5. CIT(A) has also erred on facts as well as law that, the addition based on the DVO Report u/s 55A is itself bad in law, void, ab initio as stated before him and even otherwise, the provision of 55A is not applicable and therefore, the addition made may please be deleted.
6. Ld. CIT(A) has also erred in not appreciating the facts that without prejudice, no opportunity of hearing given in a reasonable manner form the side of the AO or DVO and therefore, the addition made is required to be deleted.
7. That, Ld. CIT(A) has also erred on facts and / or law that, since no specific defect has been pointed out to the papers submitted before AO and therefore, reference to District Valuation Officer is arbitrarily action and not in consonance with the provision of sec. 142A / 55A and therefore, the whole proceeding is liable to be quashed.
8. That, even otherwise, CIT(A) has erred on merits in sustaining addition made of Rs.4,09,82,163/- as made by AO in an order dated 28-03-2016 and therefore, the addition is required to be “
5. The assessee filed return of income for the AY 2013-14 in question which was subjected to scrutiny assessment. In the course of the assessment, the AO noticed that during the FY 2012-13 relevant to AY 2013-14 in question, the assessee, alongwith other co-owners, had sold an immovable property being non-agricultural land situated at Survey Nos. 530 & 531 at Village Khoraj, District Gandhinagar on 28.03.2013 for a sale consideration of Rs.28 Crores. It was claimed that the said property was an ancestral property devolved and jointly owned with other co-owners. The assessee declared sale consideration of Rs.6 Crore attributable to his share of co-ownership in the property for the purposes of capital gain tax liability. As the capital asset being immovable property became the property of the previous owner and/or the assessee before 1st April, 1981, the assessee adopted the fair market value (FMV) of the immovable property as on 01.04.1981 and substituted the same as cost of acquisition. The cost acquisition was thus substituted at Rs.48,59,313/- (1/4th of 1,94,37,250/-) as on 01.04.198 as supported by the valuation certificate dated 16.07.2013 from the Registered Valuer (RV). The FMV as on 01.04.1981 being ‘cost of acquisition’ was increased by applying cost inflation index in terms of Section 48 of the Act. The indexation of Rs.48,59,313/- was worked out to Rs.4,14,01,347/-. The assessee accordingly claimed the ‘adjusted cost of acquisition’ at Rs.4,14,01,347/- based on the FMV of Rs.48,59,313/- (towards his 1/4th share) as on 01.04.1981 determined as per the valuation carried by the RV namely Dr. Alpesh C. Patel. The AO disputed the FMV adopted by assessee as on 01.04.1981 at Rs.48,59,313/- (being 114th of the total valuation at Rs.1,94,37,250/-) and invoked the provisions of Section 142A of the Act and made reference to the District Valuation Officer (DVO), Income Tax Department, Ahmedabad vide reference performa dated 27.11.2015 authorizing the Valuation Officer to inspect the property and determine the true and correct value of investment of the said property. In pursuance of such authorization, the DVO issued notice dated 10.12.2015 upon the assessee, however by invoking Section 55A of the Act. The assessee responded vide letter dated 06.01.2016 and filed the requisite documents pertaining to the properties as well as the valuation report of the RV. The assessee also filed objection for valuation reference in respect of assessee vide letter dated 19.03.2016. The DVO passed a draft order dated 08.03.2016 but however inexplicably under s.50C of the Act proposing estimated FMV to be Rs.1,96,800/- as on 01.04.1981. The assessee, in turn, responded to the DVO vide letter dated 14th March, 2016 strongly objecting to the contents of the draft order. The Valuation Officer thereafter issued another draft order to the assessee dated 09.03.2016, but this time under s.55A of the Act retaining the same estimation of FMV at Rs.1,96,800/-. The assessee once again placed strong objection to the aforesaid corrigendum order under s.55A of the Act dated 09.03.2016 vide its reply dated 21.03.2016. The AO eventually adopted the FMV as on 01.04.1981 of the land at Rs.1,96,800/- as determined by DVO. The indexed cost of acquisition was accordingly reduced in same proportion and assessed at Rs.4,19,184/- as against Rs.1,94,37,250/- adopted by the assessee. The capital gains and consequent assessed income was accordingly recomputed in the light of the reduction in the FMV of cost of acquisition.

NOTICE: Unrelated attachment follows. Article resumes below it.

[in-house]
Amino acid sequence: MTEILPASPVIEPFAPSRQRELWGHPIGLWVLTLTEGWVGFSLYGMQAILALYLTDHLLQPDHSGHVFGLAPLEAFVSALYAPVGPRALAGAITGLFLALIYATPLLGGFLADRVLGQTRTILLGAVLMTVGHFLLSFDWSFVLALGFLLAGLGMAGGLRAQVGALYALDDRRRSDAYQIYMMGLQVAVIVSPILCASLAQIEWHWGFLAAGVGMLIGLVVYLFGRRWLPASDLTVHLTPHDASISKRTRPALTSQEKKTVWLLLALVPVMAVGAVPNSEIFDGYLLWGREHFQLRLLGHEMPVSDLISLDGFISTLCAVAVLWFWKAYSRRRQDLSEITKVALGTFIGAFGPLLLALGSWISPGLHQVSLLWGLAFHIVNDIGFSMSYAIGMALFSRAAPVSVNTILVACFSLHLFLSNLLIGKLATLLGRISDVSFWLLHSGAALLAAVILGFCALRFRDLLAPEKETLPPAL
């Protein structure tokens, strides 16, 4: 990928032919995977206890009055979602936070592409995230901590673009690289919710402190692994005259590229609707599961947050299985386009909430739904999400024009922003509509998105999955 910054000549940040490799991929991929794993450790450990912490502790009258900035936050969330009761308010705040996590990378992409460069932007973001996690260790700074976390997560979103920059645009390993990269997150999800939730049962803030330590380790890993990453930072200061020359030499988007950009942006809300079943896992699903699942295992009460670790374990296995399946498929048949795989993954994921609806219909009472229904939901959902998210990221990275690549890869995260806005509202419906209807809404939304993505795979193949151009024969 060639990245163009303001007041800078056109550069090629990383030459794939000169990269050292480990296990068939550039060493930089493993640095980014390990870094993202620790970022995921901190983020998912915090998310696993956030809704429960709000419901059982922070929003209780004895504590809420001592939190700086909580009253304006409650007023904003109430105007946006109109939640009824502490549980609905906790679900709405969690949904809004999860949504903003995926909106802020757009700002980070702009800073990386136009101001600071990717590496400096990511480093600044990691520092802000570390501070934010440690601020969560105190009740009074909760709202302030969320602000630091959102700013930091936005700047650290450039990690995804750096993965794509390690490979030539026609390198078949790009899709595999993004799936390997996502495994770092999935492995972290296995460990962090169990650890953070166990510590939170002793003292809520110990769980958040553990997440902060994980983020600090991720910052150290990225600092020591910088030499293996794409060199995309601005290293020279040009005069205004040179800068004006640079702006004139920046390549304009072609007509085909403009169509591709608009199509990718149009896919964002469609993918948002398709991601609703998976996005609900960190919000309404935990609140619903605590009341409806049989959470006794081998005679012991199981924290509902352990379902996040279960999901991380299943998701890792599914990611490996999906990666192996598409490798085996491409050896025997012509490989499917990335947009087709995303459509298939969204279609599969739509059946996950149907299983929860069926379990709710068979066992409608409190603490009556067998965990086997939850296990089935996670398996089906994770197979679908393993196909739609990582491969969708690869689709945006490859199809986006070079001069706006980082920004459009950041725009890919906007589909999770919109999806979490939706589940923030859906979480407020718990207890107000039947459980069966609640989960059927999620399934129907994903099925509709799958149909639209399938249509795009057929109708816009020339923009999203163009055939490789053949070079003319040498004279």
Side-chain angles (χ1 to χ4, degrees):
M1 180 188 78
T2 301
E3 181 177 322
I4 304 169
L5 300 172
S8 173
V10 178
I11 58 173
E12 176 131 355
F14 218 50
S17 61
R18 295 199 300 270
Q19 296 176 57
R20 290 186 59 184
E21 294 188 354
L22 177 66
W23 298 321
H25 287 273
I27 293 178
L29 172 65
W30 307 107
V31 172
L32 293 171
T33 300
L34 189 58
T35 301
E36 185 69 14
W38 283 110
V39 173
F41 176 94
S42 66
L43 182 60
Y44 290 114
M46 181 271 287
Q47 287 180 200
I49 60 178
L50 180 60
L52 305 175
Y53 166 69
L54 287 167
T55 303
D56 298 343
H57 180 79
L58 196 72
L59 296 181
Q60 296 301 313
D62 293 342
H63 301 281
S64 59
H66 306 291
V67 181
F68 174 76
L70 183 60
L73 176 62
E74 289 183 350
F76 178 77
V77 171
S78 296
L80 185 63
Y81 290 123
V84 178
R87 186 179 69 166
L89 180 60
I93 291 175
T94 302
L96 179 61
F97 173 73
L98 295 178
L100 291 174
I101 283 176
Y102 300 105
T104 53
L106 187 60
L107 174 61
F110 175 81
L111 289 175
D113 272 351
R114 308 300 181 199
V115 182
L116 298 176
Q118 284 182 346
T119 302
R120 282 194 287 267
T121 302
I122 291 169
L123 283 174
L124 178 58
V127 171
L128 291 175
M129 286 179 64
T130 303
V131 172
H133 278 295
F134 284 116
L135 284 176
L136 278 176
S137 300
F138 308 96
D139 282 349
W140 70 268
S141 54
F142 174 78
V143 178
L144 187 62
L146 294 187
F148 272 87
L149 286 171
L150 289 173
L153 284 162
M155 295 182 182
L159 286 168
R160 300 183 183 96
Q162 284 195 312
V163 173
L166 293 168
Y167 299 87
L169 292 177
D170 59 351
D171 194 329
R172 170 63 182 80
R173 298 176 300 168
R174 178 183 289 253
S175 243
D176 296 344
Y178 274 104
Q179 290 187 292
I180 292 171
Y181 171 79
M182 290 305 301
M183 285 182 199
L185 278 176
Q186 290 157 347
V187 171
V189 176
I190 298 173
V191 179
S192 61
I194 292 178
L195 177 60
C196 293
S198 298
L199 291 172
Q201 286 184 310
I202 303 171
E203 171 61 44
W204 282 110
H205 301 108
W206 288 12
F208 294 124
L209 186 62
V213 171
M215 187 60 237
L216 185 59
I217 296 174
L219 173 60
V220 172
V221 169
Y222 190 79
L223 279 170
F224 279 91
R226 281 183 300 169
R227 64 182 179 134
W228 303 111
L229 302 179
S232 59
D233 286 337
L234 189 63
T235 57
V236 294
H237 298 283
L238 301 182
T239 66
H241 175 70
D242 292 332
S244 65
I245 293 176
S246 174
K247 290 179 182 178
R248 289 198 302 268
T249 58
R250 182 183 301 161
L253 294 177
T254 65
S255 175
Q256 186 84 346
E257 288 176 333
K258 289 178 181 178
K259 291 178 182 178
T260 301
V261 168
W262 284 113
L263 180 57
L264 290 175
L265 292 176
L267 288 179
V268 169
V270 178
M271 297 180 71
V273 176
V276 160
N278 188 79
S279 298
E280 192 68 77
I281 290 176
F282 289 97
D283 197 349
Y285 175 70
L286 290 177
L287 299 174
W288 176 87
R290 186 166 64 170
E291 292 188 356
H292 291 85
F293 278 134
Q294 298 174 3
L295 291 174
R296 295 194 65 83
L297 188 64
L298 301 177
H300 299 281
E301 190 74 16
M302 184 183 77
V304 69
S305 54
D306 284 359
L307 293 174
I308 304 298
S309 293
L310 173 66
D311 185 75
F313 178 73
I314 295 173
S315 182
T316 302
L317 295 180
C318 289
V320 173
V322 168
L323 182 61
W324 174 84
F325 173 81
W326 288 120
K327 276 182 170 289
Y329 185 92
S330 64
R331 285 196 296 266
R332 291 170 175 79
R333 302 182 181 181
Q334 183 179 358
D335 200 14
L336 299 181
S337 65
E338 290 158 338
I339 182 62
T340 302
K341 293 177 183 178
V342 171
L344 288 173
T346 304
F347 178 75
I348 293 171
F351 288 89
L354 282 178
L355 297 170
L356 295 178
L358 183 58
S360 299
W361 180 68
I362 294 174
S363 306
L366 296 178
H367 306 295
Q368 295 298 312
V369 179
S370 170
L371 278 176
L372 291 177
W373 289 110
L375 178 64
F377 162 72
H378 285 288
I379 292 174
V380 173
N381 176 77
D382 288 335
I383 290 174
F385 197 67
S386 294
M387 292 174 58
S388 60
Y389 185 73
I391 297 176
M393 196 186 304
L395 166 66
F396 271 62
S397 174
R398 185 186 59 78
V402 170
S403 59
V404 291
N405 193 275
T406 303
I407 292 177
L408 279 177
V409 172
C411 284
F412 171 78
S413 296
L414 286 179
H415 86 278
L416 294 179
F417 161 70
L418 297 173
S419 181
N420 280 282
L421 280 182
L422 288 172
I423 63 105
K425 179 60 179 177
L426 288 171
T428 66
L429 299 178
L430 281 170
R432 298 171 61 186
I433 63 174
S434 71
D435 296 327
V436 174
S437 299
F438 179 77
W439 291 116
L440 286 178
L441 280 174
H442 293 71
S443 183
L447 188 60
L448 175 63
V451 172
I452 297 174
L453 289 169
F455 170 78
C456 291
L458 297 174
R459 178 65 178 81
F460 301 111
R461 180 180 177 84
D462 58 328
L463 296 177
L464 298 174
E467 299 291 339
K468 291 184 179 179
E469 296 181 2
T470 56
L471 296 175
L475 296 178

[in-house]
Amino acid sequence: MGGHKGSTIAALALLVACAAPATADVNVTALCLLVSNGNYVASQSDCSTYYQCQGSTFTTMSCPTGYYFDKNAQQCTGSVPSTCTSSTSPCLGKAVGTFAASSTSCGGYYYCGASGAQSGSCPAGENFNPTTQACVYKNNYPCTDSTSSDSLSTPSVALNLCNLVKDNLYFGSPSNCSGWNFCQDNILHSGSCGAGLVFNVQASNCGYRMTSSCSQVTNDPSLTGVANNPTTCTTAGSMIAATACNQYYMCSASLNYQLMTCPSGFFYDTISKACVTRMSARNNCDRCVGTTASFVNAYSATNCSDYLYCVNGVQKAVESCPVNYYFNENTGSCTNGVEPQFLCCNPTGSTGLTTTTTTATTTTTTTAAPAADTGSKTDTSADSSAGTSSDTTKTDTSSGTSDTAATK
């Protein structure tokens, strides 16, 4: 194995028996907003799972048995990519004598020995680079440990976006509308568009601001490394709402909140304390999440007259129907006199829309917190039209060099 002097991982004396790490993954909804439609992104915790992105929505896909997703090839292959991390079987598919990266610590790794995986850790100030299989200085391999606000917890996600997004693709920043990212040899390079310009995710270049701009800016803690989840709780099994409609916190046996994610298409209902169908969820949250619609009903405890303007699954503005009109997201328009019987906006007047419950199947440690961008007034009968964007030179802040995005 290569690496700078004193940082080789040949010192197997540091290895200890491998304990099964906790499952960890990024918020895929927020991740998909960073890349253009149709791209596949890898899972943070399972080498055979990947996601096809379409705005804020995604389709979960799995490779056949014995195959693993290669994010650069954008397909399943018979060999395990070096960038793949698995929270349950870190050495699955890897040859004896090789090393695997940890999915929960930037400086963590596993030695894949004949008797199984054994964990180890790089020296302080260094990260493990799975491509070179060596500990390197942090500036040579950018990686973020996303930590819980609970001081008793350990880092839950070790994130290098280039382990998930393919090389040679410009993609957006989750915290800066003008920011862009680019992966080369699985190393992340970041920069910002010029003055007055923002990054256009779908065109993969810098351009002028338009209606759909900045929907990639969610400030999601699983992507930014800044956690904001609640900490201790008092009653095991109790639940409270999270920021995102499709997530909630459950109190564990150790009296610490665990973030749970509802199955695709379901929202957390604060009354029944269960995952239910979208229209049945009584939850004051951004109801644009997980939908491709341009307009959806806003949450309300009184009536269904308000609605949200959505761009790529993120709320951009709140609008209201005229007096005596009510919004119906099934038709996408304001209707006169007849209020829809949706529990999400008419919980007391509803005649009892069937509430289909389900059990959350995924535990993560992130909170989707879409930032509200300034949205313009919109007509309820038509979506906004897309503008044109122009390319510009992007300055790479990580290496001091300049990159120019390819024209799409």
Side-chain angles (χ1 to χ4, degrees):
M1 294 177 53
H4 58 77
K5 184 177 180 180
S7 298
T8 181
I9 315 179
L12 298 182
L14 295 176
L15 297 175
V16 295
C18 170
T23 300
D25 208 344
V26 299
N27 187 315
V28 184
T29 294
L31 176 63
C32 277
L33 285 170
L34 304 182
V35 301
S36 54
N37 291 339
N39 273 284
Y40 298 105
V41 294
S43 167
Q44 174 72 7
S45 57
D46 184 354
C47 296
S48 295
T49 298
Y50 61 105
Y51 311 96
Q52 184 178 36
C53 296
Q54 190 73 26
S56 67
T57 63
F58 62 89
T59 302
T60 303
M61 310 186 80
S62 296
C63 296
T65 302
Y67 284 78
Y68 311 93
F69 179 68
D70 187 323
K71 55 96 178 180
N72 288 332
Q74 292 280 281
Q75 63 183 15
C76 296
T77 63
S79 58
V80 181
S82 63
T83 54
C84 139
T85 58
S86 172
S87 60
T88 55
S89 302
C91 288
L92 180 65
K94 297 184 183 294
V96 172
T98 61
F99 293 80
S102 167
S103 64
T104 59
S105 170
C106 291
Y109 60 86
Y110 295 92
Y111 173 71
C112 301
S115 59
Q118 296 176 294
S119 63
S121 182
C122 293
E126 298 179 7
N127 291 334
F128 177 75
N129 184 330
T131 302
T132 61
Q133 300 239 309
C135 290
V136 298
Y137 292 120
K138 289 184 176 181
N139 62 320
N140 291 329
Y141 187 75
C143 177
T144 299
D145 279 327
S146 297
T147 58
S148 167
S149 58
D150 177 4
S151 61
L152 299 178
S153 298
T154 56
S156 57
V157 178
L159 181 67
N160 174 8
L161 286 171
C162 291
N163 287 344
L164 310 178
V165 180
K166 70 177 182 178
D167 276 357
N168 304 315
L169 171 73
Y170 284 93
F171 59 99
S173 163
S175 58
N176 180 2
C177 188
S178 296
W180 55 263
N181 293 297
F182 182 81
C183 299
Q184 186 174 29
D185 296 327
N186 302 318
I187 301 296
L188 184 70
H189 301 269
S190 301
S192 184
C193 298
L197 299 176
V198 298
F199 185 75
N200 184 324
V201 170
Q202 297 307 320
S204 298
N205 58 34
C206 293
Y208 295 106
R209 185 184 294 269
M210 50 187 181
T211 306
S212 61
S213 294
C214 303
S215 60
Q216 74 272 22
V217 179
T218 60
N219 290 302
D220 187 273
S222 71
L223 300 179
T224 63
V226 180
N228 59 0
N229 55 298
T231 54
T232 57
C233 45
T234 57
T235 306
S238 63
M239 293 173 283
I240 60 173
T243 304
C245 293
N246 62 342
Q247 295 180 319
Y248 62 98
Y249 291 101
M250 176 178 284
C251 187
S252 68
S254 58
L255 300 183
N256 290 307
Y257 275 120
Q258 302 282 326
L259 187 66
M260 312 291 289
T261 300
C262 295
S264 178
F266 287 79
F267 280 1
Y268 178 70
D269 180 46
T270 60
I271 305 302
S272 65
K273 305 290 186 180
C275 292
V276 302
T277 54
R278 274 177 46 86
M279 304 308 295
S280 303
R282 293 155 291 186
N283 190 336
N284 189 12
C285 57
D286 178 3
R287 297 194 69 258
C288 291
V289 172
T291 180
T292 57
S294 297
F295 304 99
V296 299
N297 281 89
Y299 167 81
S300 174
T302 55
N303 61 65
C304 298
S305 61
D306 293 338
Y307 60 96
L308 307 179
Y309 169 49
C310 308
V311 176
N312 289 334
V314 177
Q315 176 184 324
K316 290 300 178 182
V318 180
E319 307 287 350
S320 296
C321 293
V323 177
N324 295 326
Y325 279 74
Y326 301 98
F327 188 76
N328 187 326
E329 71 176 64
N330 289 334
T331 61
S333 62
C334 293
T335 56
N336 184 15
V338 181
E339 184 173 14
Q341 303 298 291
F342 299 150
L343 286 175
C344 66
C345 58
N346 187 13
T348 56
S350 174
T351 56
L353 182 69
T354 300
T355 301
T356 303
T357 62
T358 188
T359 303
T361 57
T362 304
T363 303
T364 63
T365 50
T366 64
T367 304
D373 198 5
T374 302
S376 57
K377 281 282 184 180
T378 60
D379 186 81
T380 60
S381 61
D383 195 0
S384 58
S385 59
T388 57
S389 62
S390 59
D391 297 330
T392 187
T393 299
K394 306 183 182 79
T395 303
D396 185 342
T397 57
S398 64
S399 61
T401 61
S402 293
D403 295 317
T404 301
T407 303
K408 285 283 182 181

6. Aggrieved by the reduct ion in FMV of property as on 01.04.1981 by the AO resul t ing in enhanced capi tal gains on sale of land, the assessee prefer red appeal before the CIT(A) .
7. Before the CIT(A), the assessee reiterated the submissions made before the AO and inter alia questioned as to whether it was permissible for AO to replace the FMV determined by DVO with the RV report obtained by assessee in the facts and circumstances. A legal contention was also raised that in the absence of any reference made by AO under 55A of the Act for estimation of the FMV of the land to DVO, such FMV determined under s.55A of the Act by DVO could not have been adopted by the AO while making the assessment under s. 143(3) of the Act. It was pointed out that the reference was made under s.142A of the Act whereas the DVO has furnished report in terms of Section 55A of the Act which is not permissible in law.